5 stars are not enough
Tom Lawrence | Cambridge, MA USA | 10/20/2006
(5 out of 5 stars)
"This is a welcome mid-price reissue of the 1984 EMI set, a studio recording based on the Glyndebourne stage production directed by Peter Hall. The focus is on dramatic action and Act One sails along in one sweeping arc, pausing to catch its breath twice (maybe for the original LP side breaks). The eight principals use lively interplay to hit each beat without sacrificing any musical integrity. Haitink leads a detailed orchestral performance at a pace that is moderate but never sags. My only gripe would be that 'Deh vieni' sounds like the Don is actually playing the mandolin and missing half of his ring finger. Other than that, extremely recommended. Yikes! Buy it already!"
Tom Lawrence | 12/29/2006
(5 out of 5 stars)
"I have never heard a better Don Giovanni in my life. Every single singer fulfills their role to what I'm sure Mozart intended. There is really nothing that could be criticized about this performance. However, there is one very big problem. Once you listen to this recording, you will never be satisfied with another! It is the best! BUY IT!"
SUCCESSFUL MODERN STUDIO RECORDING
American Evita | U.S. | 05/04/2008
(5 out of 5 stars)
"ABOUT THE ALBUM: Don Giovanni (Wolfgang Amadeus Mozart), Recorded 3-12, 1984, No. 1 Studio Abbey Road, London, England, Originally Released as a 3-LP set, 1984, Based On The Production by Sir Peter Hall at the Glyndebourne Festival, Sussex, England. Released by EMI as a 3-CD set.
THE CAST: Thomas Allen, baritone (Don Giovanni), Richard Van Allan, baritone (Leporello), Carol Vaness, soprnao (Donna Anna), Maria Ewing, soprano (Donna Elvira), Elisabeth Gale, soprano (Zerlina), Keith Lewis, tenor (Don Ottavio), John Rawnsley, baritone (Masetto), Dimitri Kavrakos, bass (Commandatore), Martin Isepp, harpsichord continuo, James Ellis, mandolin, Glyndebourne Chorus (chorus master James Glover), London Philharmonic Orchestra conducted by Bernard Haitink.
SUCCESSFUL MODERN STUDIO RECORDING:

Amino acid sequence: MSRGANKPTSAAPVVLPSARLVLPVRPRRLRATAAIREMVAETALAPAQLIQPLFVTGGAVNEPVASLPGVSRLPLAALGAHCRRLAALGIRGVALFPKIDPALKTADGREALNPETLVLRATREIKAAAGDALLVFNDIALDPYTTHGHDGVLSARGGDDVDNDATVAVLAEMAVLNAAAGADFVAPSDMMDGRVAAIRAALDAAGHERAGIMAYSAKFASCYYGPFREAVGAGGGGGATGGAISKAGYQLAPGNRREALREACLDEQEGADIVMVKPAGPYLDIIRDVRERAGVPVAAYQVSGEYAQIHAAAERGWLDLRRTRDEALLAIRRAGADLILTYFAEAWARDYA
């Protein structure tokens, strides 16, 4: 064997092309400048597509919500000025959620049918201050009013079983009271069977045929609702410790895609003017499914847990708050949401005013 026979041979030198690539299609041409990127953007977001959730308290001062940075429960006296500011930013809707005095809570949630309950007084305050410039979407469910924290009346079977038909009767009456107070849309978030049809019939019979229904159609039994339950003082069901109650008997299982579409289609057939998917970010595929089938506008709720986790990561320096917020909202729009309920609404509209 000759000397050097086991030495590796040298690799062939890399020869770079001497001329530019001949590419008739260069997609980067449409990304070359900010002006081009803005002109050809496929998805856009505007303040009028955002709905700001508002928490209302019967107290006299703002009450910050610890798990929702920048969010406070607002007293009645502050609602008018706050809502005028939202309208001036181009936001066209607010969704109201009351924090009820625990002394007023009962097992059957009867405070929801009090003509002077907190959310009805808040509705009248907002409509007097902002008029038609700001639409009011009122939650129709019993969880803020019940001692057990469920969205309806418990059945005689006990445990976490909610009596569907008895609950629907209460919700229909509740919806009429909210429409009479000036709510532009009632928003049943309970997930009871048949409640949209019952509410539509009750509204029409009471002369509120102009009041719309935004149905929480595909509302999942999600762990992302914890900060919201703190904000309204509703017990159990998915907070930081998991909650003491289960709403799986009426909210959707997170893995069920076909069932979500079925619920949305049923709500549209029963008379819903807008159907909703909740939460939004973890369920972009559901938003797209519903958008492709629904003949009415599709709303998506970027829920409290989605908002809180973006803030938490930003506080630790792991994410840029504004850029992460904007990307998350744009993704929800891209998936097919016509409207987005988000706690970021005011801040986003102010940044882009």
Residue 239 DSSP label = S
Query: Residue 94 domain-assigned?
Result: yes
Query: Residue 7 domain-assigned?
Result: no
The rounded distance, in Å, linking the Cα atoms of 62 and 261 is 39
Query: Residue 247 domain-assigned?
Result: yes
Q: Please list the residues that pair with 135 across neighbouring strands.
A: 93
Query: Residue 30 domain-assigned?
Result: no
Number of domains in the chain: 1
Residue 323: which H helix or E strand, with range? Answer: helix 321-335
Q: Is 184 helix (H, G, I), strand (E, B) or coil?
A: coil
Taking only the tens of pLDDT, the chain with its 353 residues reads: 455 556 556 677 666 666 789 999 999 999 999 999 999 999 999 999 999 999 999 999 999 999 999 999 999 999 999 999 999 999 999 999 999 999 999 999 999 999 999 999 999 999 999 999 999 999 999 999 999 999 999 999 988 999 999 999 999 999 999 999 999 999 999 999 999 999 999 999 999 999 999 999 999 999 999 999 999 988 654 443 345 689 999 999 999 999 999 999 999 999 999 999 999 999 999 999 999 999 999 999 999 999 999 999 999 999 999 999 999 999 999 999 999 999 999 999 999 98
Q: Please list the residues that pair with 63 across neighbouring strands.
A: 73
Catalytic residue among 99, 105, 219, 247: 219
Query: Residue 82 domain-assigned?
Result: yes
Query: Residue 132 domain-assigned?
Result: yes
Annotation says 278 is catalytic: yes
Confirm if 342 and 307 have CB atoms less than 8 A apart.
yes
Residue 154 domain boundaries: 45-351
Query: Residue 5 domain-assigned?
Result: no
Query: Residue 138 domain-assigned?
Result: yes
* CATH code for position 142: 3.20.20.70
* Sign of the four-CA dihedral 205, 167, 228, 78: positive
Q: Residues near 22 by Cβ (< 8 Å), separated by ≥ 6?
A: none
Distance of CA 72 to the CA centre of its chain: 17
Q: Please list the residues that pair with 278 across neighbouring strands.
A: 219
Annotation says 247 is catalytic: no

When this LP was released in 1984, it came at the right time. The success of "Amadeus" the Oscar winning movie sparked interest in the music of Mozart and "Don Giovanni" (the Finale/Commandatore Dinner Scene was featured in the movie) is largely considered one of Mozart's best operas. It may or may not be possible that the engineers of this album and Bernard Haitink had audiences who saw Amadeus in mind when he released this album which just happened to coincide with all that Amadeus fever going on. This is a studio recording which featured singers who had previously performed at the Glyndebourne Festival (at one time a greater vehicle for opera singers than today) based on a production by the famed artistic director Sir Peter Hall, who was coincidentally married to Maria Ewing (the mezzo-soprano singing the role of Elvira in this recording). That production was highly praised and its sets, costumes, art direction and special effects, particularly in the finale, were at the remarkable level of something Andrew Lloyd Webber would have used. The reviews here at Amazon.com are all extremely positive and after having heard this album myself, I'm convinced that my search for the perfect studio recording of Don Giovanni is at last over. So if you, too, have been looking for the best Don Giovanni on record, look no further. Immediately, critics compared this album to the classic, high-ranking Giulini version with Eberhard Wachter, Joan Sutherland and Elisabeth Schwarzkopf from thirty years before. But this 1984 recording, studio engineered with the most sophisticated modern touches, has to come down as the greatest modern studio recording of Don Giovanni. There is so much about this recording that makes it superior but the former reviewers didn't really point out the album's merits, of which there are plenty. First of all, there is the exquisite, richly detailed conducting of the score by Bernard Haitink as played by the London Philharmonic. To my ears, this is exactly as Mozart's music should sound and sticks to the most typical Mozartian sound, albeit in the polished studio recording manner. There is note-for-note perfection everywhere, in both the bigger, dramatic scenes and the more comedic and more intimate moments. There is a vibrant and pure musicality to the reading of this score as if it was an elongated Mozart symphony and because the London Philharmonic is huge and world-renowned (even used as scores for movies), there is the feeling that this Don Giovanni is Mozart's most lyrical and elaborate opera, surpassing even Le Nozze Di Figaro. The pacing is moderate, never too slow or dragging, and yet at various key moments, the pacing is dramatically potent and expressive. You will hear beautiful instrumental touches that are often overlooked by conductors such as Karajan or Solti, as the London Philharmonic and Bernard Haitiking seem to want to elaborate on every moment and make it more musical than you'd ever heard it before. Note for instance how, despite all the razzle-dazzle modern engineering wonders that keep this album from ever sounding too old, there is a meaningfulness to all of the major scenes- Don Giovanni killing the Commendatore in a duel, Leporello's Catalog Aria, Giovanni seducing Zerlina, The Don's Masquerade Ball, Elvira's "Mi Tradi Quel Alma Ingrata" aria and of courses the sensational Finale. But for me, the greatest moment captured on this record is the Trio "Protegge Il Justo Cielo" sung by Elvira, Donna Anna and Ottavio as they prepare to enter the Don's Masquerade Ball. The tempo suddenly slows down as if to mark the importance of this section and the three voices (1 tenor, 2 sopranos) rise up from the nothing and becomes a very poignant, beautiful and important moment. I have never heard anything like this and some conductors usually miss the poignancy and spirituality of this Trio. Haitink does not. But despite all the beautiful moments which are overabundant on this recording, much like a rich, elaborately designed cake, there is also substance and remains dramatic when called for but as for this dramatic prowess, I find that it's more in the singers' voices than in the music. Having been remastered from the old LPs, the sound quality is truly magnificent, clean, crisp, grand and so lovingly and carefully designed to make a truly gorgeous Don Giovanni.